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You may or may not be familiar with dockless (electric) scooters – also referred to as electric rental scooters, rideshare scooters, and motorized scooters – but if you aren’t, you very likely soon will be. As their popularity continues to skyrocket, dockless scooters may flood the streets of your community, just as they have with many other communities. And these scooters are no longer just a headache for major cities; many college communities and smaller towns are now being overrun with electric scooters as well.
Electric scooters are a new form of rideshare transportation. Users access the scooters through an app on their phone, which is connected to the user’s banking information. The user can use the app to “unlock” or activate the scooter. Once the scooter is unlocked, the user has full operational access to the scooter and is able to drive it wherever they want and for as long as they would like. Once the user is done with the scooter, they can simply abandon it at any location (hence the name dockless scooter). The app on the user’s phone uses GPS tracking to track the user’s ride and charge the user accordingly. The app then alerts other users of the scooter’s location, making it available for other users to activate.
There are some operational rules that a user must agree to on the app before they are allowed to begin using the scooters. The user must scan his/her valid driver’s license and agree to the scooter guidelines, which range from rules to suggestions about how to operate the scooters. Most electric scooter apps state that a helmet should be worn by the user at all times during operation. But the scooter companies do not provide a helmet with the scooter nor do they offer any oversite to enforce such rules. These apps preface riders with rules about obeying roadway laws, avoiding pedestrians, and operating in a safe manner. But, besides local law enforcement, there is no oversite provided by these companies to ensure these rules are being followed either.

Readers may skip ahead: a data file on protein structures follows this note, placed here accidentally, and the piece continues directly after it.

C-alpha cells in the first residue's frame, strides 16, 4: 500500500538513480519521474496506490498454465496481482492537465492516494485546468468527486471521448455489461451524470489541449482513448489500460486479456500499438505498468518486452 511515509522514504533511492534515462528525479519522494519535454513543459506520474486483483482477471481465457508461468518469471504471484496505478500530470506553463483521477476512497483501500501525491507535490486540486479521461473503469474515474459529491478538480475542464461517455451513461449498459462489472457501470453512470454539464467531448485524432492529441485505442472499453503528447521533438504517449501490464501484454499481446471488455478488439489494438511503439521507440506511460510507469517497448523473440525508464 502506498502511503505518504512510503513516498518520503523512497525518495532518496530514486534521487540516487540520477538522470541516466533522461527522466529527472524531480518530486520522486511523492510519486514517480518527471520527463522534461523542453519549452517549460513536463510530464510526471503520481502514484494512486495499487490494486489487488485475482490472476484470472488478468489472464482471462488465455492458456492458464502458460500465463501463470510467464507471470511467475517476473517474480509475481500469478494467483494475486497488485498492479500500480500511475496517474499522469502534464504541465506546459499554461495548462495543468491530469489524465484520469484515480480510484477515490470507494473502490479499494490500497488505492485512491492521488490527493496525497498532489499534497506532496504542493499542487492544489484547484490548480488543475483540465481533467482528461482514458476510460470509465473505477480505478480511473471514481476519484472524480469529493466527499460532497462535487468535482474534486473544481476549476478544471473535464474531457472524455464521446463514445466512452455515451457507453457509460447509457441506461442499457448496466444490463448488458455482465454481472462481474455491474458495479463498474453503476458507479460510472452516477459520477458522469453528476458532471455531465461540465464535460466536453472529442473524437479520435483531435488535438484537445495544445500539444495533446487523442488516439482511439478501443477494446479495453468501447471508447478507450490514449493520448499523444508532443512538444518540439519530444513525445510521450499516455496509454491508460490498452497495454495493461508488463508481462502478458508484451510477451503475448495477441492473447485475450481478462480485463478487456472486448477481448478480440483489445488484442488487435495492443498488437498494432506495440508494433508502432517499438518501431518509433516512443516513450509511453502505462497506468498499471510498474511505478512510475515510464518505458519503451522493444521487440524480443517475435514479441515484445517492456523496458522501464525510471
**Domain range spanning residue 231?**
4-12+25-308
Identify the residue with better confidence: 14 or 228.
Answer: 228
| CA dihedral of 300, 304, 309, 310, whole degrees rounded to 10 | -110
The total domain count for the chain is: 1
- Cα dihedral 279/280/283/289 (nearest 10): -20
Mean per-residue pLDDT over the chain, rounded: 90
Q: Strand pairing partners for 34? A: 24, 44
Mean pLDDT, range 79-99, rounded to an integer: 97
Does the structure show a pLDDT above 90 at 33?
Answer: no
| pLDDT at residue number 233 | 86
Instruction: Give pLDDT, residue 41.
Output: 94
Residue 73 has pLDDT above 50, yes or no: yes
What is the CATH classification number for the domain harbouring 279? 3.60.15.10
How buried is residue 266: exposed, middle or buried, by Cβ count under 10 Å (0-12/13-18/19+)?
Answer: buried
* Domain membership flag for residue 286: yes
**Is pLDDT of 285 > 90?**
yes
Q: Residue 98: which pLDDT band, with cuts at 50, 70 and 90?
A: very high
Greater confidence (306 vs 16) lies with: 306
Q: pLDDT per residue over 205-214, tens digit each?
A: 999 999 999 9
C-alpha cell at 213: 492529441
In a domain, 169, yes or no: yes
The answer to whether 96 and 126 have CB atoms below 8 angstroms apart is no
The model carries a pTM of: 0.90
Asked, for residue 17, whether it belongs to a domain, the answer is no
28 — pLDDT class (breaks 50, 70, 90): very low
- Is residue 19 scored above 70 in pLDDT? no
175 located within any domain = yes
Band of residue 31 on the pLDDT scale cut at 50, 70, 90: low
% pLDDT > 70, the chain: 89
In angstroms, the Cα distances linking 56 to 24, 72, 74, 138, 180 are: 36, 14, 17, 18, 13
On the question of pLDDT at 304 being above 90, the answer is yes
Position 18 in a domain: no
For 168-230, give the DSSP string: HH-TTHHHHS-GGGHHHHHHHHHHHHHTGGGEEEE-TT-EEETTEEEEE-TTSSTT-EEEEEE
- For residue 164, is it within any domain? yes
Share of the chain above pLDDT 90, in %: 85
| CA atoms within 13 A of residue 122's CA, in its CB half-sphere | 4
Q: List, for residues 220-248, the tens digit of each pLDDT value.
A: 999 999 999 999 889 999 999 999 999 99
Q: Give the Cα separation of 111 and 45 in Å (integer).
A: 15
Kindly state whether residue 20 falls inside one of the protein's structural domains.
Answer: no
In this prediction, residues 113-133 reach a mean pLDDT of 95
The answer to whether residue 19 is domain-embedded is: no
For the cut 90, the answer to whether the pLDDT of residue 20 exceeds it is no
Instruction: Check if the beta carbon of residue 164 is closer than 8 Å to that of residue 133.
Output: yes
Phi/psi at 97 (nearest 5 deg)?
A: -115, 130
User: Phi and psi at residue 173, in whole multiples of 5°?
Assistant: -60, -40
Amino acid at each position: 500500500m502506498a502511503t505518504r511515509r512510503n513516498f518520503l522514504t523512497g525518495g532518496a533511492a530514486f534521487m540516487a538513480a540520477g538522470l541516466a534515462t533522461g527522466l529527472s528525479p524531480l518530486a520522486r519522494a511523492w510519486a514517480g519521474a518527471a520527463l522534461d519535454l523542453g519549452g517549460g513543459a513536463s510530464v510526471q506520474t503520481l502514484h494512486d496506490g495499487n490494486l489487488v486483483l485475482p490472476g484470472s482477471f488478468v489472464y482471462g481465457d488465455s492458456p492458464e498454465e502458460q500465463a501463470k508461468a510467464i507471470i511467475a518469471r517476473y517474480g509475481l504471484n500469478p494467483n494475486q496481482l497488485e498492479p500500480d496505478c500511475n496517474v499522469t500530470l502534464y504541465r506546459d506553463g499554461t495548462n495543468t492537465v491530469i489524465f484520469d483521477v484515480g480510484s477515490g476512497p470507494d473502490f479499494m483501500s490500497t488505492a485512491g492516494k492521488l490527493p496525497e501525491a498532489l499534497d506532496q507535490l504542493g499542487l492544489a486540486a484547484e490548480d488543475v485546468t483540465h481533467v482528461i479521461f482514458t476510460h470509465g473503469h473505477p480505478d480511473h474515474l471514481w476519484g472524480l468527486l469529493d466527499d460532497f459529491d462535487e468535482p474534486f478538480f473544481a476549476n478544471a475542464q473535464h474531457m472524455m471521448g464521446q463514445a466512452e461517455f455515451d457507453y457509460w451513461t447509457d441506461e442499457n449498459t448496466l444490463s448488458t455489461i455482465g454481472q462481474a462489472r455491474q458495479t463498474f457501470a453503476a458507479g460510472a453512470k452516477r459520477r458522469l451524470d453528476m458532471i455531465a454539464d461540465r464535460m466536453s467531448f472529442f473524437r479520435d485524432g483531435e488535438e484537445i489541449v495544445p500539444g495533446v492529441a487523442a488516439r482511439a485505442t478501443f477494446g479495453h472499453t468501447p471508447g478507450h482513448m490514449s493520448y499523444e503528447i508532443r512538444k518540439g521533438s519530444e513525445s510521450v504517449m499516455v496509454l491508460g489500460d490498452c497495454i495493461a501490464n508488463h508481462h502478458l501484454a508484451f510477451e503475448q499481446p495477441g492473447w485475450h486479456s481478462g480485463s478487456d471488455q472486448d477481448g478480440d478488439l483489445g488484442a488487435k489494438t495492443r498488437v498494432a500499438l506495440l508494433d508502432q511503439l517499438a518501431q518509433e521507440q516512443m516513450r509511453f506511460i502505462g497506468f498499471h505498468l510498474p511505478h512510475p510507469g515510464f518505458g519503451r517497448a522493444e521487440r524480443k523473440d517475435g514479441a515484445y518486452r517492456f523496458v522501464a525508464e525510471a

The scooters range in ability based on the type of scooter, but most reach a maximum speed of around 15 mph and are suited for sidewalks and roadways, although they can be driven on some off-road conditions.
The most common electric scooter companies operating in the U.S. are Bird, Lime, and Lyft. These companies manage the scooters in the communities and provide the apps for users to access the scooters.
Because electric scooters and electric scooter rental services only began appearing in the past few years, there are very few laws and regulations surrounding how these scooter companies should operate and what road rules users must follow.
Some communities have taken permissive steps to regulate the scooters after scooter companies began to offer the service in the community. Others have taken pre-emptive measures to try and disallow the scooters all together. The scooter companies seem to be apathetic towards many of these efforts, often times dumping their scooters into cities even when that city has made it apparent that they do not want the scooter service offered. Cities are being forced to take legal action to ban these scooter services in order to legally remove the scooters out of their communities. If a city has a ban on electric scooters, it may be difficult for users to hold the city liable for any incidents involving the scooters.
For cities that do allow the scooter services to operate within their city limits, the operational rules for users vary – while there are some basic guidelines provided by the scooter companies, there are no regulatory “rules of the road” dictating how users should operate the scooters. The scooter companies do offer rules and suggestions on how to operate the scooters for users through an informational walkthrough when users download the app – rules about following roadway laws, avoiding pedestrians, maintaining a respectable speed, etc. – but there are no (or very few) standard laws specifically enforced on electric scooters.
Because of this, some users feel that it is okay to operate the scooters with little or no concern for safety.
While electric scooters do offer a number of benefits – faster transportation, environmentally friendly, reduced road traffic – there are also a number of dangers posed to both users and pedestrians.
The 4 general concerns are:
In some states and cities, riding electric scooters on the sidewalk is banned. However, in other locations, riding on the sidewalk is not specifically disallowed.
Riding on the sidewalk poses a number of threats to users and pedestrians. The likelihood of a user/pedestrian collision is much higher when the user is operating the scooter on a sidewalk, especially in high congestion areas. At the high rate of speed that these scooters are able to travel, a collision can cause major injury, especially to a pedestrian.